- Associated Press - Saturday, August 1, 2015

SIOUX FALLS, S.D. (AP) - As a kid, Deanna Johnson was always interested in playing sports and beating up boys on the playground - not the typical things girls were supposed to like.

Now an adult, she’s a state trooper with almost exclusively male counterparts.

“The role didn’t fit for me, the role that I was supposed to take on,” she said.

Johnson is one of six women in the state Highway Patrol, a minority in a squad of about 175 troopers. The state agency is trying change to that, and began a campaign this summer to foster better on-the-road representation.

“You want your agency to represent the community that you work for,” said Lt. Randi Erickson, the agency’s director of training, who’s spearheading the effort.



But that’s going take time, and applicants. Of the three seminars for interested women that troopers have held across the state so far this summer, only one was attended.

There, in Sioux Falls, Johnson and Trooper Cortney Paul talked to four women about the independence troopers have and the fact that, despite making up only 3 percent of the agency’s workforce, they’ve never felt discriminated against or singled out. Case in point: Johnson is pregnant and she said the agency has been very accommodating, even to the fact that she can longer wear her traditional trooper’s uniform: “I’m a wearing a dress, for God’s sake.”

The lack of women in the state patrol isn’t an issue unique to South Dakota, or even state police agencies. Nationwide, Erickson said, it’s something with which police agencies, sheriff’s departments and highway patrols are all struggling.

In 2013, almost 12 percent of all law enforcement officers nationwide were women, according to data compiled by the FBI. In 2007, 6.5 percent of state police department officers were women, according to the U.S. Department of Justice.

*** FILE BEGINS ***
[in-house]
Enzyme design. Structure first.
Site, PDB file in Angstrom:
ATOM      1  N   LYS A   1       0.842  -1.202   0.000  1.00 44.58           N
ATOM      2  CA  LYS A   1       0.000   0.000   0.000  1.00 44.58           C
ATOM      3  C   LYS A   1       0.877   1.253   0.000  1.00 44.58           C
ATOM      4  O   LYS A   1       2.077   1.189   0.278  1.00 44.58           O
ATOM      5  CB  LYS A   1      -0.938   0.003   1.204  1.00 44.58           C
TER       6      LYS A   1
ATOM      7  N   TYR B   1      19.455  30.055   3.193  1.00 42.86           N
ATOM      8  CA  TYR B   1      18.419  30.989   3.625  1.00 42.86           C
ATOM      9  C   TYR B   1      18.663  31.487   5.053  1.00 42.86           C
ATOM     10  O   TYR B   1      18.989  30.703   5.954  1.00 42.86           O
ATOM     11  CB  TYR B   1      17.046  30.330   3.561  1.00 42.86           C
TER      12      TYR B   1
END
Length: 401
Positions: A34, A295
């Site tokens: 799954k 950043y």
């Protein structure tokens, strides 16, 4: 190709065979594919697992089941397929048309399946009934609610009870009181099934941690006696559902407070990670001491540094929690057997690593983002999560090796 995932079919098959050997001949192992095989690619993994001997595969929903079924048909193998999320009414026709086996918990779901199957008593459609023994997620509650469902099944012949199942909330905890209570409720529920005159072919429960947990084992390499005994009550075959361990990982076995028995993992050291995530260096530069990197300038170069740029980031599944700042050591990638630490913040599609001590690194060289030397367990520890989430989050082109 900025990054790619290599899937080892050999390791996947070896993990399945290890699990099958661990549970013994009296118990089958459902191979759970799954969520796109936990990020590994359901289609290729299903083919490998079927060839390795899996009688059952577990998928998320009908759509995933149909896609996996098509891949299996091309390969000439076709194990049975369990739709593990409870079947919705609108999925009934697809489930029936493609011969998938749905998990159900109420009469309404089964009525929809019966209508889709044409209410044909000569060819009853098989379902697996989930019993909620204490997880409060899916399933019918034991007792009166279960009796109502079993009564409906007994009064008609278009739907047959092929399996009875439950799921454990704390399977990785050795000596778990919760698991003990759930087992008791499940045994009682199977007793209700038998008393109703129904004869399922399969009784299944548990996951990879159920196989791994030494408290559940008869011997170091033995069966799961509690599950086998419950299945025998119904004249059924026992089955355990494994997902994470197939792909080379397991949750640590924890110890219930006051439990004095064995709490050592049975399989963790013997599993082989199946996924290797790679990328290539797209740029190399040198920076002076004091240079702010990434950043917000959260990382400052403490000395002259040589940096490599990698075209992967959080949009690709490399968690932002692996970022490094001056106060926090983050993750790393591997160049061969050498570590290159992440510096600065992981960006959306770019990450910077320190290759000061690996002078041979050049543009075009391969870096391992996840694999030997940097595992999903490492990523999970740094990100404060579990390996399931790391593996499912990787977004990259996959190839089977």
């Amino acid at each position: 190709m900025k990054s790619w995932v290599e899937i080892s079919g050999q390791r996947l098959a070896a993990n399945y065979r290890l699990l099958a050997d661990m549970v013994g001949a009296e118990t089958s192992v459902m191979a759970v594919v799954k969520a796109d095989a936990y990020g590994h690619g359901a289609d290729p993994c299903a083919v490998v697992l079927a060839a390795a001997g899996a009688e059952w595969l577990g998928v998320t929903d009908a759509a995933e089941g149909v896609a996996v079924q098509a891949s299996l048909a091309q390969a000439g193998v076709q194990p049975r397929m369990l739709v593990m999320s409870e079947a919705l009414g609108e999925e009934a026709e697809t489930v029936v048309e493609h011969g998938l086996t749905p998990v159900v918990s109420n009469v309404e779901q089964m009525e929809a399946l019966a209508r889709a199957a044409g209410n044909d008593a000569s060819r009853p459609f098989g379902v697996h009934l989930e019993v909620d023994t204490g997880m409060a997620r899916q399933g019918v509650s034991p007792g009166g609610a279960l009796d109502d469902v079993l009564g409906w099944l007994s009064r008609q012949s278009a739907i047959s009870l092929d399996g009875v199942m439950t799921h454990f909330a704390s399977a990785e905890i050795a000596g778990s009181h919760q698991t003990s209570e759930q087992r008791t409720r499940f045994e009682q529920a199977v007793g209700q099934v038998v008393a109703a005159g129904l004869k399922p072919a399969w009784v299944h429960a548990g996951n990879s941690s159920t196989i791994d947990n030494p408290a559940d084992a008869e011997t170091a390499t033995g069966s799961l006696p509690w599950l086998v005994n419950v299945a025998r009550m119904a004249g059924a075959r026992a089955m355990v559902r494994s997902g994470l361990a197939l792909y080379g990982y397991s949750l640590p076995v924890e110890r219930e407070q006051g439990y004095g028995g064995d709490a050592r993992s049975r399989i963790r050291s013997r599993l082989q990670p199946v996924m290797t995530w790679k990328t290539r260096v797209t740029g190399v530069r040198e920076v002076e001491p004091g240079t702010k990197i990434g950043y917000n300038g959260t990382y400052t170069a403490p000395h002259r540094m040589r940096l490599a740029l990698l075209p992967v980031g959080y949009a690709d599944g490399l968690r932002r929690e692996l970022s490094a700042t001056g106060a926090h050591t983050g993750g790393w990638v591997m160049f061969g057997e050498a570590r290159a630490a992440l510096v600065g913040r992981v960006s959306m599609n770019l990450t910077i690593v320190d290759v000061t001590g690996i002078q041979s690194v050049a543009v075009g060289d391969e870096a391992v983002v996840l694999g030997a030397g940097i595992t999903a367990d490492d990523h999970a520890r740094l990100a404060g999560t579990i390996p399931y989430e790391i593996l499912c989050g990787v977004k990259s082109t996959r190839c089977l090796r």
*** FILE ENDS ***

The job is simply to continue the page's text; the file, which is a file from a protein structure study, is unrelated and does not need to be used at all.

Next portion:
In South Dakota, 6.5 percent of all law enforcement officers in the state were women in 2013, according to the FBI.

“We’re just trying to have a proactive approach, getting this message out to a wide applicant pool, a diverse applicant pool,” he said.

The seminar attendees spanned various age ranges. McKayla Hovde, a 21-year-old Sioux Falls resident, said she’s surveying different law enforcement agencies and liked what she heard, even if it means she would be entering a field dominated by men.

“It’s quite intimidating, but I think it would be rewarding at the same time because I’m proving that I can do it and I can try to help persuade women to do a mostly manly job,” she said.

Johnson said the outreach campaign is allowing her to talk to women directly about her experience in law enforcement and how succeeding in a male-dominated field has changed her. She’s the first woman in state history to become a drug-dog handler and she said her colleagues often tell her she’s their preferred backup.

“I just want every woman to realize that the opportunity’s there for them to take on the role that they feel is right for them. And maybe that’s not the highway patrol,” she said. “But we’re not bounded by limitations because of who we are.”

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Follow Kevin Burbach on Twitter at https://twitter.com/kevinburbach

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